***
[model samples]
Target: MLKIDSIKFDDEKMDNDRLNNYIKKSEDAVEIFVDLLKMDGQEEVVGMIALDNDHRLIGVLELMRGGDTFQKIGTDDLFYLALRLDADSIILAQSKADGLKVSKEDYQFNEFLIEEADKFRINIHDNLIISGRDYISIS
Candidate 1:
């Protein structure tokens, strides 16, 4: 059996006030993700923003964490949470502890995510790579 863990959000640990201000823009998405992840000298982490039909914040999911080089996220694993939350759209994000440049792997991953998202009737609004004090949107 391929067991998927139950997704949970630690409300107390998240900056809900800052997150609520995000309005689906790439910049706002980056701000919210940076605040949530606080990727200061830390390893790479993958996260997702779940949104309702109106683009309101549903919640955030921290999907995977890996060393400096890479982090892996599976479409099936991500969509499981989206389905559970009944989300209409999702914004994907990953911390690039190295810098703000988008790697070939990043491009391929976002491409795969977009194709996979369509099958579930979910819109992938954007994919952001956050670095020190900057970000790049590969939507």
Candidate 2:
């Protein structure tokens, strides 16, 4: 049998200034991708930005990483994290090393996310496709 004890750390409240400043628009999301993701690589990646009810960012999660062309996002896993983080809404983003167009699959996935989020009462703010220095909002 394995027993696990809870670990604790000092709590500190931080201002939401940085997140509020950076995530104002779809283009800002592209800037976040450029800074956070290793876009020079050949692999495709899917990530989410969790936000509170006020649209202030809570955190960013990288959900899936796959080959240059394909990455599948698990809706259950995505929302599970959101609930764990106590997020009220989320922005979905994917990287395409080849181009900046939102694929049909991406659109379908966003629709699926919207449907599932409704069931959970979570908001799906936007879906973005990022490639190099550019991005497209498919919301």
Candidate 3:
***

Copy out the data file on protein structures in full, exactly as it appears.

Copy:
[model samples]
Target: MLKIDSIKFDDEKMDNDRLNNYIKKSEDAVEIFVDLLKMDGQEEVVGMIALDNDHRLIGVLELMRGGDTFQKIGTDDLFYLALRLDADSIILAQSKADGLKVSKEDYQFNEFLIEEADKFRINIHDNLIISGRDYISIS
Candidate 1:
């Protein structure tokens, strides 16, 4: 059996006030993700923003964490949470502890995510790579 863990959000640990201000823009998405992840000298982490039909914040999911080089996220694993939350759209994000440049792997991953998202009737609004004090949107 391929067991998927139950997704949970630690409300107390998240900056809900800052997150609520995000309005689906790439910049706002980056701000919210940076605040949530606080990727200061830390390893790479993958996260997702779940949104309702109106683009309101549903919640955030921290999907995977890996060393400096890479982090892996599976479409099936991500969509499981989206389905559970009944989300209409999702914004994907990953911390690039190295810098703000988008790697070939990043491009391929976002491409795969977009194709996979369509099958579930979910819109992938954007994919952001956050670095020190900057970000790049590969939507």
Candidate 2:
């Protein structure tokens, strides 16, 4: 049998200034991708930005990483994290090393996310496709 004890750390409240400043628009999301993701690589990646009810960012999660062309996002896993983080809404983003167009699959996935989020009462703010220095909002 394995027993696990809870670990604790000092709590500190931080201002939401940085997140509020950076995530104002779809283009800002592209800037976040450029800074956070290793876009020079050949692999495709899917990530989410969790936000509170006020649209202030809570955190960013990288959900899936796959080959240059394909990455599948698990809706259950995505929302599970959101609930764990106590997020009220989320922005979905994917990287395409080849181009900046939102694929049909991406659109379908966003629709699926919207449907599932409704069931959970979570908001799906936007879906973005990022490639190099550019991005497209498919919301």
Candidate 3: